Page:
Each class is one hour in duration. Classes will be recorded and available until December 31st.

Meet your faculty:

Lynn Lobo Dipl.PW, MAPW

Lynn is a practicing visual artist, graphic novelist and visual thinker. They have had a long, parallel career as a doctor of Traditional Chinese Medicine and a psychotherapist. Lynn is now a member of faculty at PWI. Lynn’s area of teaching interest is in dreams, body symptoms and worldwork. They are particularly interested in how our dreambody is expressed through the arts, and can help humanity.

Ingrid Rose Ph.D Dipl.PW

Ingrid’s guiding inspiration for her life work stems from her history of growing up in South Africa, where as a child, perceiving the injustice around her, she decided early on to devote herself to individual and social change. Ingrid has been in private practice for more than 35 years working with a large range of presentations, as well as being a clinical supervisor and international group facilitator. She has taught at college level, and has had extensive experience teaching Processwork to many groups in Portland, Oregon and all over the world.  Ingrid has a love of dreamwork appreciating the deep insights dreams bring for personal and collective development.  She has a long history of yoga and meditation practice and a strong interest in shamanism, adding to the depth of her work. 

Processwork:

Processwork is a cross-disciplinary approach that focuses on the potentially meaningful flow of inner and outer signals that can be observed in individuals, communities, and groups.  Processwork facilitation techniques offer methods and skills to work with behaviors, feelings, interactions, expression and inner experiences in order to elicit meaning and unexpected solutions from difficulties and disturbance.

Experience Processwork June – Sept 2021

Join us for Experience Processwork: special free events June – September 2021

Enjoy our special series of free events designed to give you an experience of Processwork. Perfect for anyone new and curious, and great for networking and community connections.  Enjoy webinars, Open Seat Demonstrations, and guided innerwork.  Meet new colleagues and catch up with old friends.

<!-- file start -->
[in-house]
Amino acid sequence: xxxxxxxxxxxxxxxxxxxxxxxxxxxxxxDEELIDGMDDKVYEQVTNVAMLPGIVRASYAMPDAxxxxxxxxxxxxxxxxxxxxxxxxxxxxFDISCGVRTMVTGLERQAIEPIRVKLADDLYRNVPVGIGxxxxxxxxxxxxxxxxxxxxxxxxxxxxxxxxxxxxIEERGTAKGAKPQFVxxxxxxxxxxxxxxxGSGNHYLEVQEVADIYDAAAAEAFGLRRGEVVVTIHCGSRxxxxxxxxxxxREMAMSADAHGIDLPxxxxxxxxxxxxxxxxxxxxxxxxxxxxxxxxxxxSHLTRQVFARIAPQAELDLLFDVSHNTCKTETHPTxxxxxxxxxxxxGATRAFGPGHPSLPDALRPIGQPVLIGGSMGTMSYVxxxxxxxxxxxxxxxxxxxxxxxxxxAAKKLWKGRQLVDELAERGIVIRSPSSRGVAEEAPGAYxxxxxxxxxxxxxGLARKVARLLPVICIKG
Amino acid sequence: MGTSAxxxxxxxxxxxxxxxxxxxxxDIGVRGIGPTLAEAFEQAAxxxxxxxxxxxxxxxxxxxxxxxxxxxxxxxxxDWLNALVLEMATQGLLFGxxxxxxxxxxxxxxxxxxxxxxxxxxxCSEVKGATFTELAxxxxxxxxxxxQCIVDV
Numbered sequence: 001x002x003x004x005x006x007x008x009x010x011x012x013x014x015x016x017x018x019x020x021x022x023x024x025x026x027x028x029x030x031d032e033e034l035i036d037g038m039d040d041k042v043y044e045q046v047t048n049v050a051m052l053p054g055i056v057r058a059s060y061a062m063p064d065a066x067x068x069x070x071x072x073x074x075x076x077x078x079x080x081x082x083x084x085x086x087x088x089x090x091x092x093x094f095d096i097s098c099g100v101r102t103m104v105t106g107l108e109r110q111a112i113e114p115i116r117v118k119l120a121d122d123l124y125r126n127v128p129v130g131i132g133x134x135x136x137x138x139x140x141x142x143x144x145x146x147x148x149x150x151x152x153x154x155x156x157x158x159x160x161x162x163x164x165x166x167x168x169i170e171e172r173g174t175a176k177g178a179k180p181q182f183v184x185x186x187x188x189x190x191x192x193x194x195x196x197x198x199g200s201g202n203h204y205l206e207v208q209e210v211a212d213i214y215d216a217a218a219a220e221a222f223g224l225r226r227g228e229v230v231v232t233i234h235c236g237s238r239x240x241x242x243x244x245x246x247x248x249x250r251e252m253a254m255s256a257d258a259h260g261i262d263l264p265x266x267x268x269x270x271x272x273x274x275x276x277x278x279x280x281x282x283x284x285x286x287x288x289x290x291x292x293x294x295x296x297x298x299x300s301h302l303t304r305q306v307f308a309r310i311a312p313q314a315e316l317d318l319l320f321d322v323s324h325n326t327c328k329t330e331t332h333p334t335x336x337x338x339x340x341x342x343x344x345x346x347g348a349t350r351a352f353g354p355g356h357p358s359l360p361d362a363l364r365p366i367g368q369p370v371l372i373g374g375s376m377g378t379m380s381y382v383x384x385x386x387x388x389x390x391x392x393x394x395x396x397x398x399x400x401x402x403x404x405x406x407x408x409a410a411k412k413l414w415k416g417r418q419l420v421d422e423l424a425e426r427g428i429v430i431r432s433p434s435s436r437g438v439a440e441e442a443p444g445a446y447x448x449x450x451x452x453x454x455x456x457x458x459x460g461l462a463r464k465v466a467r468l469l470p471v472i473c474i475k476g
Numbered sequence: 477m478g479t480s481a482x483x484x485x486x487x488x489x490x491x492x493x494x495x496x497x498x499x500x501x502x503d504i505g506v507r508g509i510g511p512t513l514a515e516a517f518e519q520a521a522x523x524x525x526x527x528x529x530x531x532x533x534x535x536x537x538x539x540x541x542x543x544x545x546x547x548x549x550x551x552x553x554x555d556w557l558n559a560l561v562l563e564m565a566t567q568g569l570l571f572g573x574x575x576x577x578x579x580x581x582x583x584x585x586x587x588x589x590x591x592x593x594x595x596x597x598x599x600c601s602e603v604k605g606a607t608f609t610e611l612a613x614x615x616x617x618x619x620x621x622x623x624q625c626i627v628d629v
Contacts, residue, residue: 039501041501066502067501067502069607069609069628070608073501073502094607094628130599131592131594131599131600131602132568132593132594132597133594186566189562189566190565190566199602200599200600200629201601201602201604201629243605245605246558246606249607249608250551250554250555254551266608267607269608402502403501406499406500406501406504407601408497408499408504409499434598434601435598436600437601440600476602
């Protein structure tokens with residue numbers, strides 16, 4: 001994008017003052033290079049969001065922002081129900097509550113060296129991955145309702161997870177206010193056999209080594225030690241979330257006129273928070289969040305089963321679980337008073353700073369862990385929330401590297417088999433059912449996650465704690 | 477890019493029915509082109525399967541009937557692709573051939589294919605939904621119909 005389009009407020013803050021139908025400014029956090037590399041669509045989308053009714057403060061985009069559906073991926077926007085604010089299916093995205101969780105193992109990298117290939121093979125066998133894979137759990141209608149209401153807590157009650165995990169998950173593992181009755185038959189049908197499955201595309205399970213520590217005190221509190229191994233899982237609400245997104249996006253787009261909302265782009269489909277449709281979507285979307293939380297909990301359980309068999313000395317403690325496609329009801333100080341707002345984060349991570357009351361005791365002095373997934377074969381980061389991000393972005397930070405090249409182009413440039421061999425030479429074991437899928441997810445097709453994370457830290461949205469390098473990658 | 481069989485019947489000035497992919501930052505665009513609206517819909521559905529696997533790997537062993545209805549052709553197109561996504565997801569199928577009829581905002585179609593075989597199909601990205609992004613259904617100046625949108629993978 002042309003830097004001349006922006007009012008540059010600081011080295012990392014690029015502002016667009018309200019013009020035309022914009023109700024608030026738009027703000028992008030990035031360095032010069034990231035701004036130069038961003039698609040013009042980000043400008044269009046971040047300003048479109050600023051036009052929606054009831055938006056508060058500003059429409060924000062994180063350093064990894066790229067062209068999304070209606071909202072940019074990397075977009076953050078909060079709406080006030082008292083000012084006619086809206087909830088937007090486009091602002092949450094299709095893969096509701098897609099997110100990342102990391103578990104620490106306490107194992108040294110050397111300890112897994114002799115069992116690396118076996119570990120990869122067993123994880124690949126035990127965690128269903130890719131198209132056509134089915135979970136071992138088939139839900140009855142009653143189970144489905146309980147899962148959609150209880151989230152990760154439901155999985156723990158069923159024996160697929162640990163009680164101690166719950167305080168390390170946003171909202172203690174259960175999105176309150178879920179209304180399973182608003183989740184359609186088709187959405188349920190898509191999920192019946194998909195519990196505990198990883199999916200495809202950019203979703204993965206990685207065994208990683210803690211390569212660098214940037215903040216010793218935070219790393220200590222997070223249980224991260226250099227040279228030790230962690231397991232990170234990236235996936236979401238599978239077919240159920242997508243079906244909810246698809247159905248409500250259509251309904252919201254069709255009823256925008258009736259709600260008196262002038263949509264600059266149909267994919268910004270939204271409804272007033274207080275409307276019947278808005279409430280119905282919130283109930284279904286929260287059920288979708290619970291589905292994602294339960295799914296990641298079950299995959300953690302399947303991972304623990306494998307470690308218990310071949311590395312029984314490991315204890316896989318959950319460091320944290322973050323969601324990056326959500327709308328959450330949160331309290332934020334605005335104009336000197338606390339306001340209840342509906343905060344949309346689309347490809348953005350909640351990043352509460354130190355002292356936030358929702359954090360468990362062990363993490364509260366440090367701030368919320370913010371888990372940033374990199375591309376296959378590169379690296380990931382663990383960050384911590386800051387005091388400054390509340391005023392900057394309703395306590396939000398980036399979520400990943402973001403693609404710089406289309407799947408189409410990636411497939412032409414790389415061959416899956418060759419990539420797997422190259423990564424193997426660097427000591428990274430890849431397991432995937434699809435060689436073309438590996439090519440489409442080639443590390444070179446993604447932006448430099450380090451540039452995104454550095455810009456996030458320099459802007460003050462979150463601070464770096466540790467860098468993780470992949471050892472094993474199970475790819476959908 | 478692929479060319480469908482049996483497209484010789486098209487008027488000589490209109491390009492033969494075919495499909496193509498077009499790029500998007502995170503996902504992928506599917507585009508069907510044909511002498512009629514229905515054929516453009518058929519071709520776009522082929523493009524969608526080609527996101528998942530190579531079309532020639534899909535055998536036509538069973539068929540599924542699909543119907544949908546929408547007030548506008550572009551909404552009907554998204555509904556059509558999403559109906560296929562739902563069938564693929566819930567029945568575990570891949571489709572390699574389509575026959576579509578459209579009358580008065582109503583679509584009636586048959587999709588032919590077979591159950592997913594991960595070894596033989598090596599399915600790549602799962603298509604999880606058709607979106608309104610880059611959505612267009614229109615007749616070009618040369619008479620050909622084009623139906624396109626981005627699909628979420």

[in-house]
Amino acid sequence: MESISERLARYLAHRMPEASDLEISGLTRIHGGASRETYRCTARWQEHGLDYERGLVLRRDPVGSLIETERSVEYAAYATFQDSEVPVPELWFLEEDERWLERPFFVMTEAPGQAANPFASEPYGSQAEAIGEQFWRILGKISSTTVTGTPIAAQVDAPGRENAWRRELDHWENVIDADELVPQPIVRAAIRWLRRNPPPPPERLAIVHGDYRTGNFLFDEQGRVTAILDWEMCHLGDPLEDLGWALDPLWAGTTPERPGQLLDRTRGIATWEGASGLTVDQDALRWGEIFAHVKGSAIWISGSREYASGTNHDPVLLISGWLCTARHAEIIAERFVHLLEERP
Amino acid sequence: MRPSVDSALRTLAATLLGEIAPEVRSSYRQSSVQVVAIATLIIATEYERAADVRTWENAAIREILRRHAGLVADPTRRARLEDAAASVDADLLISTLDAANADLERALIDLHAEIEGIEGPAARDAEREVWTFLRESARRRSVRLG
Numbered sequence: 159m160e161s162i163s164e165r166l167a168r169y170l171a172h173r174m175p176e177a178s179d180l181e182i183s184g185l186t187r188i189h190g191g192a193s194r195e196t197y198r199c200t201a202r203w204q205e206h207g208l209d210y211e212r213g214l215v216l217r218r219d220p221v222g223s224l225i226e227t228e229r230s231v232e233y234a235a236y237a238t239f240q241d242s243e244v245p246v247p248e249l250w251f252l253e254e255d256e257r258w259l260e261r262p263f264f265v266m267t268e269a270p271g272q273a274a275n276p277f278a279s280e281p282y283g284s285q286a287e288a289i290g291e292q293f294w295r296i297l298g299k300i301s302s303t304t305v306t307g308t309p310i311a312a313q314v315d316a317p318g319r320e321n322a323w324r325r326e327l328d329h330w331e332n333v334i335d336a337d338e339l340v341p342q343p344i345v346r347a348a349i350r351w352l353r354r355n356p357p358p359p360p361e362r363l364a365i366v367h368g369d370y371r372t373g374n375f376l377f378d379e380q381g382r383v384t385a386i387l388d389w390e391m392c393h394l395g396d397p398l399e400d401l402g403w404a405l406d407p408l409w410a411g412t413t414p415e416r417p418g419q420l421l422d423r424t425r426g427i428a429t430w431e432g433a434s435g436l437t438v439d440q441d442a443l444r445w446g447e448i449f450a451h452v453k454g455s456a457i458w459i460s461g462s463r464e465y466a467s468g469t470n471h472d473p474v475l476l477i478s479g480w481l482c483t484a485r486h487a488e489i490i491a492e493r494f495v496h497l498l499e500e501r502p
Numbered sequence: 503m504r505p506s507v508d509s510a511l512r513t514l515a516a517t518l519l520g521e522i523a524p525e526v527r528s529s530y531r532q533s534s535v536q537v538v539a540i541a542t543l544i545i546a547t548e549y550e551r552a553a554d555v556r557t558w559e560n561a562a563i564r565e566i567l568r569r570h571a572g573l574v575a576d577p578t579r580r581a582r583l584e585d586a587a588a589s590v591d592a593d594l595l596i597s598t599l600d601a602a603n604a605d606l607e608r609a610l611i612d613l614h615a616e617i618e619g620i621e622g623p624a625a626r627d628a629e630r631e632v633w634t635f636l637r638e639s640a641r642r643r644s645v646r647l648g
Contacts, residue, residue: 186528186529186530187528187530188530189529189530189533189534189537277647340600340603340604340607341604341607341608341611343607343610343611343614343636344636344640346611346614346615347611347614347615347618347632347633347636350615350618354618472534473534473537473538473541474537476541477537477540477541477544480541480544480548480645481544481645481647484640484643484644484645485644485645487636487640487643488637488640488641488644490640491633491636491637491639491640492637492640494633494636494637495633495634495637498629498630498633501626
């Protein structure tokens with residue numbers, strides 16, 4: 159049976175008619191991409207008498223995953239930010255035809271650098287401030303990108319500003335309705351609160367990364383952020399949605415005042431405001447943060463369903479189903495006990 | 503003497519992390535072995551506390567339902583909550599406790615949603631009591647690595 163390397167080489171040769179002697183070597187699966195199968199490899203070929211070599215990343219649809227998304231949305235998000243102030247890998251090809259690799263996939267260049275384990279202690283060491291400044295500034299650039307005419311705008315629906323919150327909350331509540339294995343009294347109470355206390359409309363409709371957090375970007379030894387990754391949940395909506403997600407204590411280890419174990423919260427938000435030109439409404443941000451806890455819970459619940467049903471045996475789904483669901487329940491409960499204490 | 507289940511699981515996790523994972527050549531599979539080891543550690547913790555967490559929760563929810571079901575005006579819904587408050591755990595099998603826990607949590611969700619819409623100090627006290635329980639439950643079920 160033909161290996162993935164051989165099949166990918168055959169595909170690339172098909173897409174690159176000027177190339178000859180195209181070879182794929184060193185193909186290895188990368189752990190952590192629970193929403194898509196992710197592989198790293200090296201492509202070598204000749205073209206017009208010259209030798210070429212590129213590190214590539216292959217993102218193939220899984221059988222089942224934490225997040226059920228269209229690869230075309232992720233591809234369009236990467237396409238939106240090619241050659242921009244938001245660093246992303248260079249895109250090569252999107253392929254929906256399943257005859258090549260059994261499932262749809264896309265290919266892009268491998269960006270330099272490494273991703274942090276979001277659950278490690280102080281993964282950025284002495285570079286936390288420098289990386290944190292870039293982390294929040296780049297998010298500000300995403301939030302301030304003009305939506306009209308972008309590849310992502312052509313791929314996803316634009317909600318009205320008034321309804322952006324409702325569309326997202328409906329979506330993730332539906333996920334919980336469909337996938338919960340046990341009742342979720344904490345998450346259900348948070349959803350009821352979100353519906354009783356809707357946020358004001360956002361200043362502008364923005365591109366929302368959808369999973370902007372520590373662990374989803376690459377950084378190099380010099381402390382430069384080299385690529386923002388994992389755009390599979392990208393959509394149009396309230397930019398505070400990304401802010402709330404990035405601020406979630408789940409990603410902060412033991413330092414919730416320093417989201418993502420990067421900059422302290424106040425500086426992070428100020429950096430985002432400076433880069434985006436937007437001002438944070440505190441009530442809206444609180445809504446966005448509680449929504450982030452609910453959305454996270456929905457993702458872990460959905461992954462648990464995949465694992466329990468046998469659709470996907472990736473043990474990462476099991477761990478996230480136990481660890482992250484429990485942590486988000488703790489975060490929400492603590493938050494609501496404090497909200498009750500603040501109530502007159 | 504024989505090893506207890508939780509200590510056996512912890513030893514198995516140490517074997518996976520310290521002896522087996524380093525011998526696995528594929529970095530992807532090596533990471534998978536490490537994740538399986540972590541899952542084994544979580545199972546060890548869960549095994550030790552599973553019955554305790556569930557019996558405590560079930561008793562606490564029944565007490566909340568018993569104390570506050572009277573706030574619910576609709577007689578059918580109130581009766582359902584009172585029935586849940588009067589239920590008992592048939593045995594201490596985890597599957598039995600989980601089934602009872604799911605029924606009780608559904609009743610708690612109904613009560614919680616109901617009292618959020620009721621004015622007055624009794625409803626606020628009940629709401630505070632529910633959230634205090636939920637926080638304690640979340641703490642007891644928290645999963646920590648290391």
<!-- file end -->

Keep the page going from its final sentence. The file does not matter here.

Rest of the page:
Check out the program and find something to nourish and inspire your life and practice. 

All the events are free and open to all – please share if you think of someone who might enjoy experiencing Processwork!  

Want to talk to someone about our PWI offerings and training opportunities? Email Melissa outreach@processwork.org to make a time to talk.  

Dreaming of the MAPOF program? Apply now for the next cohort starting October 1, 2021

Click the links to find out more.

Experience Processwork

Dynamic Mindfulness – guided innerwork practice 

Experience Processwork dynamic mindfulness practices in these free guided sessions with Process Work Institute faculty.  Discover creative innerwork techniques to help you relax and rejuvenate. Deepen your meditation and self-awareness practice with body-based, movement, and creative elements.  Expect to practice a guided experiential self-awareness exercise followed by time for questions and sharing.

June 23, 10-11am with Jai Tomlin; July 21, 5-6pm with Kas Robinson, Aug  25, 10-11am with Suzette Payne. All sessions online only, Pacific timezone. 

Open Seat Series – live demonstration ‘work in the middle’

In these 4 special sessions, an experienced Processworker will work one-on-one with a volunteer participant. This is called ‘work in the middle’ and provides a powerful transformational community-held experience for the person in the ‘open seat’, along with an intimate and real demonstration of processwork facilitation ideas, practices and techniques. (If you’d like to volunteer – Sign up to work in the middle).  Expect to observe the work in the middle holding confidential community space for the intimate experience, followed by a chance to discuss and ask questions about the facilitation.

June 17, 5-6.30pm – Dawn Menken; July 15, 10am – 11.30am – Jan Dworkin; Aug 19, 5-6.30pm – Lane Arye; Sept 15, 9.30-11am – Stephen Schuitevoerder All sessions online only, Pacific timezone.